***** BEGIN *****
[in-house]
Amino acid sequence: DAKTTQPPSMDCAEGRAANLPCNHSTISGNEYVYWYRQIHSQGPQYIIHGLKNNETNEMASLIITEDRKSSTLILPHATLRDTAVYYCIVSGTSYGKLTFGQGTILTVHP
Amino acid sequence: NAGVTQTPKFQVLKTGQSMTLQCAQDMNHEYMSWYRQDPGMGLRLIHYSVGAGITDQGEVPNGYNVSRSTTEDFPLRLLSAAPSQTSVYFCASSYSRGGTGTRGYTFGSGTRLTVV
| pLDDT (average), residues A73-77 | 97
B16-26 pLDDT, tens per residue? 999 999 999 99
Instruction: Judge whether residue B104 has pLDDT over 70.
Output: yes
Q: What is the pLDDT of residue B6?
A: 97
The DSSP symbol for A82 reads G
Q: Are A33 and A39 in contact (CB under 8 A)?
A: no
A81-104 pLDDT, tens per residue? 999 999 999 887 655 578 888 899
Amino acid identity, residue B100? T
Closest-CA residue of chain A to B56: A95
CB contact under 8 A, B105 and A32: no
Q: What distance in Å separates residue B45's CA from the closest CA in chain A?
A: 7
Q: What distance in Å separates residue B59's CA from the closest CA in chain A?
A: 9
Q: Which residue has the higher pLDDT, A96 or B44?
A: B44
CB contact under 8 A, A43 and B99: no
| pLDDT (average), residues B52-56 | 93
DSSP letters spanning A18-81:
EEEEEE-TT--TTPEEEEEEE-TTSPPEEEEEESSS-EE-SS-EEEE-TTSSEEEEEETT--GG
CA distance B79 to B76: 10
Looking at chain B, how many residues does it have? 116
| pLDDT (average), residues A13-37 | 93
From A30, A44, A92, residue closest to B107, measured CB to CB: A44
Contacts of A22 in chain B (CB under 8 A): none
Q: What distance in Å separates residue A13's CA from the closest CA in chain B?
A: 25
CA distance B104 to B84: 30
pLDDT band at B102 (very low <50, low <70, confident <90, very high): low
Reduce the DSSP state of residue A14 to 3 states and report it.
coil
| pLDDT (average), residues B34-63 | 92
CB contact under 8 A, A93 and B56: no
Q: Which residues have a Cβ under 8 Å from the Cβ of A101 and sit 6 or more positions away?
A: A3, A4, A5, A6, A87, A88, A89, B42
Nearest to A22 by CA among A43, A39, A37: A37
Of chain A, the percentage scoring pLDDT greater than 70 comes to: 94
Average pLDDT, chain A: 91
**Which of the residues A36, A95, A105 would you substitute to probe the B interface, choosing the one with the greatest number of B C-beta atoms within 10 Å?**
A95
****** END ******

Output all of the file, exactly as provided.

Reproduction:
[in-house]
Amino acid sequence: DAKTTQPPSMDCAEGRAANLPCNHSTISGNEYVYWYRQIHSQGPQYIIHGLKNNETNEMASLIITEDRKSSTLILPHATLRDTAVYYCIVSGTSYGKLTFGQGTILTVHP
Amino acid sequence: NAGVTQTPKFQVLKTGQSMTLQCAQDMNHEYMSWYRQDPGMGLRLIHYSVGAGITDQGEVPNGYNVSRSTTEDFPLRLLSAAPSQTSVYFCASSYSRGGTGTRGYTFGSGTRLTVV
| pLDDT (average), residues A73-77 | 97
B16-26 pLDDT, tens per residue? 999 999 999 99
Instruction: Judge whether residue B104 has pLDDT over 70.
Output: yes
Q: What is the pLDDT of residue B6?
A: 97
The DSSP symbol for A82 reads G
Q: Are A33 and A39 in contact (CB under 8 A)?
A: no
A81-104 pLDDT, tens per residue? 999 999 999 887 655 578 888 899
Amino acid identity, residue B100? T
Closest-CA residue of chain A to B56: A95
CB contact under 8 A, B105 and A32: no
Q: What distance in Å separates residue B45's CA from the closest CA in chain A?
A: 7
Q: What distance in Å separates residue B59's CA from the closest CA in chain A?
A: 9
Q: Which residue has the higher pLDDT, A96 or B44?
A: B44
CB contact under 8 A, A43 and B99: no
| pLDDT (average), residues B52-56 | 93
DSSP letters spanning A18-81:
EEEEEE-TT--TTPEEEEEEE-TTSPPEEEEEESSS-EE-SS-EEEE-TTSSEEEEEETT--GG
CA distance B79 to B76: 10
Looking at chain B, how many residues does it have? 116
| pLDDT (average), residues A13-37 | 93
From A30, A44, A92, residue closest to B107, measured CB to CB: A44
Contacts of A22 in chain B (CB under 8 A): none
Q: What distance in Å separates residue A13's CA from the closest CA in chain B?
A: 25
CA distance B104 to B84: 30
pLDDT band at B102 (very low <50, low <70, confident <90, very high): low
Reduce the DSSP state of residue A14 to 3 states and report it.
coil
| pLDDT (average), residues B34-63 | 92
CB contact under 8 A, A93 and B56: no
Q: Which residues have a Cβ under 8 Å from the Cβ of A101 and sit 6 or more positions away?
A: A3, A4, A5, A6, A87, A88, A89, B42
Nearest to A22 by CA among A43, A39, A37: A37
Of chain A, the percentage scoring pLDDT greater than 70 comes to: 94
Average pLDDT, chain A: 91
**Which of the residues A36, A95, A105 would you substitute to probe the B interface, choosing the one with the greatest number of B C-beta atoms within 10 Å?**
A95